But that roster came at the expense of depth. You can’t expect two thirds of the roster to play 82 games a season. You just can’t. Over the last three 82-game seasons, 324 players have suited up for at least 80 games, about 3-4 on average per team. It’s the manager’s job to put together a roster with depth so that injuries don’t get nullified. Sometimes, injuries can have pleasant effects—just look at how the rookie goaltender Martin Jones is faring with the injury to Jonathan Quick. One of the Vancouver Canucks’ top pairing defencemen, Chris Tanev, began to be used back during the 2010-2011 season when the team hit its 13th man on the depth chart. Injuries to centremen forced the Leafs hand and got them to pick up Peter Holland, who has been excellent in blue and white. You can do excellent things when given the opportunity to experiment with roster spots when players are injured.

James Reimer touched on all this in his post-game interview after the loss to Florida. Do you know what he means?

There’s never an excuse. There’s never an excuse. Injuries, tired, it’s all BS. It doesn’t, you know, those are excuses, and they’re useless, and so what it comes down to is your will. It’s your heart and your character, if you know what I mean. We should able to win with half of our guys out, you know what I mean? Just look at exhibition games, you know what I mean, you’re playing with half your lineup and sometimes you’re playing against a team that has their full lineup, and I know maybe the game doesn’t mean as much, but there’s still ‘the underdog wins’. There should be no reason, there should be no excuses, you know, that’s negative stuff. All you can focus on is what you yourself can do to get prepared and then be your best, and trust that your teammate across from you is doing the same thing.

Part of the problem is that the Leafs have just two wins this season where their starting goaltending didn’t steal them the win. That was the home game against Edmonton early in the season where Joffrey Lupul tied the game with 19 seconds to go, and against Chicago when Jonathan Bernier had a pedestrian game in a 7-3 win.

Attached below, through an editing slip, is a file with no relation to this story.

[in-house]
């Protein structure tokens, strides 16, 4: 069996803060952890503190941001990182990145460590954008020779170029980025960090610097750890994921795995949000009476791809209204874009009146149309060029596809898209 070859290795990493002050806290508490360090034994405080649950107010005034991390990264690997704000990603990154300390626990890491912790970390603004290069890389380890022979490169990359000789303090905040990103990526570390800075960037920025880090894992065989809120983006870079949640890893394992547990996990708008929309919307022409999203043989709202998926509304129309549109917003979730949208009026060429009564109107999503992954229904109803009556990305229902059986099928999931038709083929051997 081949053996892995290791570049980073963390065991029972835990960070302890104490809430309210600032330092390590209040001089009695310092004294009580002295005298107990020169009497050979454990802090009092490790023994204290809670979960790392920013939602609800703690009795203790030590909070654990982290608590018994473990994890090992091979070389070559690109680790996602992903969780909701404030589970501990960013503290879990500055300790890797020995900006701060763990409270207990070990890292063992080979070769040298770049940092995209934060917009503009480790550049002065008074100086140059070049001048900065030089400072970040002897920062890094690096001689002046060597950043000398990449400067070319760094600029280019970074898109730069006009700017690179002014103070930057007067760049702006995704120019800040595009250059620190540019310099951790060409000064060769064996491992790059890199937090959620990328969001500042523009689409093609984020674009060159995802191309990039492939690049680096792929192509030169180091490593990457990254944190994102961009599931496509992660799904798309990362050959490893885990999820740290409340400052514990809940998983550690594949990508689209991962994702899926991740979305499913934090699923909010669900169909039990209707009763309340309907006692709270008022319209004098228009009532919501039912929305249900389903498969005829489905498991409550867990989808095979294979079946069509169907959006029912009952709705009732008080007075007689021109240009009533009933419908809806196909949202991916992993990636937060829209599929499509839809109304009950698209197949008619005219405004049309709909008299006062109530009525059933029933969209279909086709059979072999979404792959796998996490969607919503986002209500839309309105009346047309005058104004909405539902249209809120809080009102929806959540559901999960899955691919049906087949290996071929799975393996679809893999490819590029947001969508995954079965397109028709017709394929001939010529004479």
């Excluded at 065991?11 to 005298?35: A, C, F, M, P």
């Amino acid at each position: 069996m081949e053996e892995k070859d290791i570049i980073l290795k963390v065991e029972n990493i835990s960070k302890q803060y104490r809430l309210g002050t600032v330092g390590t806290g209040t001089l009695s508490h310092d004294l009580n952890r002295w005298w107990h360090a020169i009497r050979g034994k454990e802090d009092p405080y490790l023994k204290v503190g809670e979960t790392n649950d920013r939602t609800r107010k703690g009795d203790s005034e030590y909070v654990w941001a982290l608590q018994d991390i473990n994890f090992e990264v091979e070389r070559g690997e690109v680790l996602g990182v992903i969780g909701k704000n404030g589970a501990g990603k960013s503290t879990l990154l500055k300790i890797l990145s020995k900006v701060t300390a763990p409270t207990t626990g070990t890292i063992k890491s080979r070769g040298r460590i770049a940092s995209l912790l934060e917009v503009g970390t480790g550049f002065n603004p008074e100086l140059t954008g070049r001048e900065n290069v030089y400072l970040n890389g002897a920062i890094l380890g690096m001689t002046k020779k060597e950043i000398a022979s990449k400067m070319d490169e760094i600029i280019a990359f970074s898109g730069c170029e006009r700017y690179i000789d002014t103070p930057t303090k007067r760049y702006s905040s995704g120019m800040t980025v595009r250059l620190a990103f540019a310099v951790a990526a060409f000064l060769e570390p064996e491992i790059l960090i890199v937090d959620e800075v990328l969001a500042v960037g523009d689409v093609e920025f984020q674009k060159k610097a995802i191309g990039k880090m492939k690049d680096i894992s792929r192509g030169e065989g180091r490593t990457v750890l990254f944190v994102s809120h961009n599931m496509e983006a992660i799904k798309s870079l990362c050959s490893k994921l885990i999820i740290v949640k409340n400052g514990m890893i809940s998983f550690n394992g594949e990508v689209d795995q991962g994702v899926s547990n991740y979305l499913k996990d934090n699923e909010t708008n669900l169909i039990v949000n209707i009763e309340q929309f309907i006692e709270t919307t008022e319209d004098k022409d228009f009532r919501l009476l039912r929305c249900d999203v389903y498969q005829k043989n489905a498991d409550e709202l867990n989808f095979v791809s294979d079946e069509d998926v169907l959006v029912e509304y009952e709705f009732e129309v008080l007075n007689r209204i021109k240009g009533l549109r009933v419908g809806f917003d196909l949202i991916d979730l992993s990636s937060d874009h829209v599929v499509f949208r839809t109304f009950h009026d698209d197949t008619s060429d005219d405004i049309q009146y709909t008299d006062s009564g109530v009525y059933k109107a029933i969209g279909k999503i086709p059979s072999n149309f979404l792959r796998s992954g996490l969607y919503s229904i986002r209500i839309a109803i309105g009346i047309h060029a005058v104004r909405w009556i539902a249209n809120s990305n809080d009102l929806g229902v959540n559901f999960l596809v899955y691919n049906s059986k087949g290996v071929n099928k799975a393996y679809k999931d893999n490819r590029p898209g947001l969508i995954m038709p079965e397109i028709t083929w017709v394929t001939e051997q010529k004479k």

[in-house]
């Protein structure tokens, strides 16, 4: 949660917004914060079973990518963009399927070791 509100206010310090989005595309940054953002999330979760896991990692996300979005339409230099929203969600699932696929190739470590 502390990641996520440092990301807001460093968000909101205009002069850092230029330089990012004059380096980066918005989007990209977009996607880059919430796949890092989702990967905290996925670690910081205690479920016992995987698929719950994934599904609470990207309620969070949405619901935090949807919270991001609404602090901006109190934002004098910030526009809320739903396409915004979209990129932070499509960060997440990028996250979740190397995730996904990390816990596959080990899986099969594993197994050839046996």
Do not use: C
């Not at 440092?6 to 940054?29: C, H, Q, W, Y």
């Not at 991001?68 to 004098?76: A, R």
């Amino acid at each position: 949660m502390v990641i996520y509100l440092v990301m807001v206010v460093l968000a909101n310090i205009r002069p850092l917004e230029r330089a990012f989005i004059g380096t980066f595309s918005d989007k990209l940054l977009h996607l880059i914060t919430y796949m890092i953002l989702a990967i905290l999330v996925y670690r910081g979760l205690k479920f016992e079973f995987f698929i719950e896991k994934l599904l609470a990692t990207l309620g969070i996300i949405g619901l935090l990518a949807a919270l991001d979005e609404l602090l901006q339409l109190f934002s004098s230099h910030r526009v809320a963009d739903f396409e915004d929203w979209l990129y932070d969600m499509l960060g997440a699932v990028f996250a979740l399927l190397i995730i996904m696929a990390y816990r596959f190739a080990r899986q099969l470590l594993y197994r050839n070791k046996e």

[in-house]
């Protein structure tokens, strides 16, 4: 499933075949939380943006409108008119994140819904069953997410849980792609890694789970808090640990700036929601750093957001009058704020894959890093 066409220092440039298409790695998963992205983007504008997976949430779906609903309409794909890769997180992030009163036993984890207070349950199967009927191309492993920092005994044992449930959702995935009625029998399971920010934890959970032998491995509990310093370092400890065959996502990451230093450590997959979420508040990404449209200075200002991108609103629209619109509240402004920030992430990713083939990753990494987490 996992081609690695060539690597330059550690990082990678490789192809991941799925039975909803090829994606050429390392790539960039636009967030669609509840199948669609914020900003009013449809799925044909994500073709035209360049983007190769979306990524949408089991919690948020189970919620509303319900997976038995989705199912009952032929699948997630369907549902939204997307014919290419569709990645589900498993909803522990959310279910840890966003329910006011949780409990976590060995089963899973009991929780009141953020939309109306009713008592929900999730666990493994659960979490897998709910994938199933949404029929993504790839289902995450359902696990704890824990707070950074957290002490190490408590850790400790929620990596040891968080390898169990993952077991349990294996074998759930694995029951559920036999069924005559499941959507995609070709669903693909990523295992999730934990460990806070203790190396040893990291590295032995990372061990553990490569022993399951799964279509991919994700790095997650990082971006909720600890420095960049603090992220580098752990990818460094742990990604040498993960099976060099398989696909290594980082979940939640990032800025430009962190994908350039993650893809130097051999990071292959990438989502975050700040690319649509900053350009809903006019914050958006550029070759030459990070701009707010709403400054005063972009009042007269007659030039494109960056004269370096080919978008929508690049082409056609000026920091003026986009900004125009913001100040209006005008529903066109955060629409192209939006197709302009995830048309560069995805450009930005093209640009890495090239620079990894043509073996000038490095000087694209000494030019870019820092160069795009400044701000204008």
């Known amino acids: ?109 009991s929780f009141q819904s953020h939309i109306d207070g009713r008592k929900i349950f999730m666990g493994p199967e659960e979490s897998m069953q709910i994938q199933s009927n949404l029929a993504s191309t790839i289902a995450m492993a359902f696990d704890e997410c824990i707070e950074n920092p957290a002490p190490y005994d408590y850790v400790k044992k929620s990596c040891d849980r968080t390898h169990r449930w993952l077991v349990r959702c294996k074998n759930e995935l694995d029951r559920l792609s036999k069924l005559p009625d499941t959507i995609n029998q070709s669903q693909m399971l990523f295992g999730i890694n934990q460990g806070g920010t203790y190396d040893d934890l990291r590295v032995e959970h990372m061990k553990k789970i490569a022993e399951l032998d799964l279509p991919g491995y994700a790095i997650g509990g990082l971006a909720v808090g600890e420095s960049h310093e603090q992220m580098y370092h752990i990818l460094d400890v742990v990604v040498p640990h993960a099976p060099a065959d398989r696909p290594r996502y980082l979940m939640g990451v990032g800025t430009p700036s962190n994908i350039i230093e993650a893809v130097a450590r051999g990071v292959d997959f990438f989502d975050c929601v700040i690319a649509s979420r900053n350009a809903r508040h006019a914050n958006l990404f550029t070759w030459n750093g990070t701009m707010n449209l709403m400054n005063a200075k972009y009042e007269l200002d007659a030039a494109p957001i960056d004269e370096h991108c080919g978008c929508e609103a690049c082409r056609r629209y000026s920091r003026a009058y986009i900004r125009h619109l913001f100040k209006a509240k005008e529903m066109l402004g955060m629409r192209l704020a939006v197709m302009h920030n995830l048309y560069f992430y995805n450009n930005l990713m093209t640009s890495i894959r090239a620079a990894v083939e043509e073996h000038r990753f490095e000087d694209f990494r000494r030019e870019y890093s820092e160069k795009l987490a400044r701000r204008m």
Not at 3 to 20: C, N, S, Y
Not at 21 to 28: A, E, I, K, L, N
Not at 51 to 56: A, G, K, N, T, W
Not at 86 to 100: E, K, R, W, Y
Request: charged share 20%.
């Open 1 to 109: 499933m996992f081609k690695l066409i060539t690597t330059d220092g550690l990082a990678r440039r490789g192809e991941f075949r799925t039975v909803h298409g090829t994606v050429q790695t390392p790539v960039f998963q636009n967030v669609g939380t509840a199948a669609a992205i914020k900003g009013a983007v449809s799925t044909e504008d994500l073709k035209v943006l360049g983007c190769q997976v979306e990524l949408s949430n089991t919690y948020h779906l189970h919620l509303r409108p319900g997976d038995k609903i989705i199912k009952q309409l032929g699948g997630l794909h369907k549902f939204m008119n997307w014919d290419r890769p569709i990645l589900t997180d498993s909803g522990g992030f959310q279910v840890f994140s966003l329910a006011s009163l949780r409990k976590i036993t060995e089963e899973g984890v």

As for now, I agree with Reimer. Injuries are not excuses. Injuries are injuries, injuries breed opportunity and teams have succeeded without star players before. The Leafs aren’t losing because they don’t have David Bolland, the Leafs are losing and David Bolland happens to be the lineup change that syncs up with the sudden slide. It’s confirmatory but doesn’t explain. Bolland didn’t blow up the ship, he was simply the last to get off of it before it exploded.

  • Bertly83

    other teams have even more injuries but find ways to win.

    look at that pens lineup from the other night.

    the problem with the leafs is that we have good depth, but those players don’t play/aren’t used to carlyle’s system.

    i’m all for systems in hockey, but his seems to take too long to develop and bringing in new bodies all the time doesn’t help.

    for what carlyle wants/expects, we should have the same full starting lineup in each game over 82. that’s what it would take for them to master his system.

    obviously can’t happen.

    so maybe carlyle’s system should “open up” a little.

    it ain’t working here.

  • No depth? Who could have ever predicted that would be a problem

    Depth: Despite never making the playoffs in between the previous two lockouts, the Leafs failed to accumulate the level of high-end prospect depth that would be expected. If the team struggles with injuries, they will rely on mid-level prospects to fill the gap. Any time missed by the team’s top six forwards or top four defencemen will have an outsized impact on the Leafs. Players like Jerry D’Amigo, Carter Ashton, Andrew MacWilliam and others on the Marlies may one day help the team fill out the bottom half of their roster, but they won’t be nearly enough to overcome any extended absences amongst the team’s most valuable players.

    Who indeed.

  • STAN

    Another great piece Cam.

    The analytics help reenforce what watching this train wreck indicates – dysfunction regardless of who’s suiting up.

    Three quick points.

    1. Do other fans wish the mic-holders would PLEASE ask a player, or a coach, after he has revealed that “we are working hard” and “coming to the rink everyday”… just what that has to do with actual success, or talent, or chemistry or playing a SYSTEM, or winning?